MURFREESBORO, Tenn. (WTVF) — A scathing new report on the Rutherford County juvenile justice system questions how much has changed since 2016.
That’s when as many as 10 kids were arrested and charged for watching a fight off school grounds.
Now five years later, it's always the same question for District Attorney Jennings Jones: Why didn’t his office step in sooner to stop police before any children were arrested?
"By statute, we’re not involved in that part of the process," Jones said.
Tennessee State Code limits the involvement of the DA’s office until after the arrest. Police are the ones who investigate charges and later present them to the magistrate. That’s when the magistrate decides as to whether or not they feel there’s probable cause for issuing a warrant.
Once an arrest is made and a court date is issued, that’s when Jones becomes involved. By then some argue the damage has already been done. Police arrested four children and placed two in handcuffs outside Hobgood Elementary. In total, 10 children were charged for watching the fight that was captured on video just days earlier.
None of the boys seen fighting in the blurry video were arrested, but instead, it was those who in some cases tried to stop the fight, who was arrested.
There was never any doubt for Jennings that the charge of “criminally responsibility” did not apply to these children. Some have argued the charge doesn’t even exist and is more a basis for which someone can be accused of a crime.
"When it’s kids doing stuff that kids do, the primary objective is to get them on the right path," he said.
In Rutherford County, oftentimes it’s meant children end up in the juvenile justice system.
The now condemned "filter system" meant jailers determined who would be held based on their perceived threat to others.
A recent article from ProPublica showed how around this time, 48% of children were detained. Compared to the 5% average statewide.
"What if anything needs to change in order for this to never happen again?" NewsChannel 5 asked.
"It would take significant resources, but if those resources were provided then we would be able to do pre-warrant reviews," Jones said.
For the DA’s office to interject sooner, Jones says this change requires the legislature. A change of this magnitude would mean the need for at least six more attorneys in his office to review all cases before an arrest.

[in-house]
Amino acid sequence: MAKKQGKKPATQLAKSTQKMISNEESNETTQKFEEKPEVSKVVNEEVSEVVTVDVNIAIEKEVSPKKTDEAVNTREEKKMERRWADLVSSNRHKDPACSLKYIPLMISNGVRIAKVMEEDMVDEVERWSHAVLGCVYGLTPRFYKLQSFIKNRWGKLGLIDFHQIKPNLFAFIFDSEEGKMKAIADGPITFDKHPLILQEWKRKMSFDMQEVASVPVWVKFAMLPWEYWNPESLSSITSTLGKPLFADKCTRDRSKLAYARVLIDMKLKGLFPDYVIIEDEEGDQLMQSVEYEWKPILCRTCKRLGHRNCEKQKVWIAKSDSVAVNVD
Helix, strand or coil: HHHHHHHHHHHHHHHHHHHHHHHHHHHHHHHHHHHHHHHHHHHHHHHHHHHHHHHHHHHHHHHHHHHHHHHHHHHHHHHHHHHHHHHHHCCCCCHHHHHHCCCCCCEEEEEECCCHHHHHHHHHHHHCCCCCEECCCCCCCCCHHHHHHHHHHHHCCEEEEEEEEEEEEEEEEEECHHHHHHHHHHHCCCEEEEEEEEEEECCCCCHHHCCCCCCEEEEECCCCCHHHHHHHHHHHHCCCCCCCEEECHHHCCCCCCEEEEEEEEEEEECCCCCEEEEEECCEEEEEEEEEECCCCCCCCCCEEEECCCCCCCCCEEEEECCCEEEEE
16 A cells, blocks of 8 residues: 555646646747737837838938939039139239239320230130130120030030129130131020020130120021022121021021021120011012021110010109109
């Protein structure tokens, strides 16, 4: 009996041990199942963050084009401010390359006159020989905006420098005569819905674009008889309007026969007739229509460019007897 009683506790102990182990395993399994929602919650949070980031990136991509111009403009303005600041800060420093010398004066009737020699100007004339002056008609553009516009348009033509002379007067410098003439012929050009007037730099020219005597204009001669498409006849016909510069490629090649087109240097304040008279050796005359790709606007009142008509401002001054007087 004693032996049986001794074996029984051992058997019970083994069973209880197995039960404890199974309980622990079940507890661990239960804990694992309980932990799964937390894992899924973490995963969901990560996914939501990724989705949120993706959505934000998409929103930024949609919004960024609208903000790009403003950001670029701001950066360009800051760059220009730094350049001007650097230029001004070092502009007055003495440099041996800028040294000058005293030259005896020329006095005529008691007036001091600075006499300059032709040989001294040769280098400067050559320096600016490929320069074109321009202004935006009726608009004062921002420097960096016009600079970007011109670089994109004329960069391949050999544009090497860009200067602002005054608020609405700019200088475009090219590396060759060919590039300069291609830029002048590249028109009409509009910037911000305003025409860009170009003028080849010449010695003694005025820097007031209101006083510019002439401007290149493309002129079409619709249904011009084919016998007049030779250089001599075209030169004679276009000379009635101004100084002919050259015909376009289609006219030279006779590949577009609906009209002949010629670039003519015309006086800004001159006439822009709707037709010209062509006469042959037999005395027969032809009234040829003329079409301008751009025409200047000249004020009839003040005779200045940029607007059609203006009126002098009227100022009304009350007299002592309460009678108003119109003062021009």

In the meantime, Murfreesboro Police sent us the following statement: "It’s important to note this incident occurred in 2016. Nearly five and half years ago. The department has put this behind us and is working daily to bridge the gap between the community and the police department.
News is supposed to be new, and there is no new information. This was simply a rehash of the 2016 incident. In 2016, lessons were learned, several employees were disciplined and policies were changed. The department was transparent in releasing that information to the public.
Our current police chief and police officers are committed to honesty, courage, service, and integrity. We strive to help create a better quality of life for all residents of our growing city."
Of the eight officers involved with charging these children in 2016, five were disciplined. Only five remain on the job.
The after-action report which was filed in 2016 outlined corrective actions including improving communications and changing the way young people are handled in such situations.
Since the incident, Murfreesboro Police say officers can now informally interact with parents of juvenile offenders. Police will also no longer be able to serve juvenile warrants unless there is a court order.
"The police department has done what they can to prevent this from happening in the future," Jones said.
Judge Donna Scott Davenport also remains in her position as the juvenile court judge after all these years. The article with ProPublica criticized her years of handling juvenile cases by relying on detaining children as the most effective solution.
We reached out to Davenport who told us she can’t say much with pending litigation in the way.
While Davenport remains, the judicial commission made some changes of their own by hiring an attorney to better supervise arrest warrants.
With an $11 million class-action lawsuit settlement closing in on its October 29 deadline, attorneys asked those children unfairly detained to come forward.
Attorneys estimate that the county’s juvenile detention center improperly locked up kids about 1,500 times. So far they say only 200 claims have been filed for the class action lawsuit.
It may be years after the fact, but some hope it’s a sign that change is possible.
Jones says his office will remain diligent in prosecuting serious crimes by young people while continuing to use discretion in how to rehabilitate those committing less serious offenses.
Rutherford County Bill Ketron says while they can’t say much about pending litigation, "I share our community’s concerns over a news story that was recently released involving Rutherford County’s juvenile justice system. Changes to the system were put in place in 2017 to ensure that the county is strictly following required federal and state laws regarding arresting and detaining juveniles."
For more information on how to file a claim for the class action lawsuit, click here.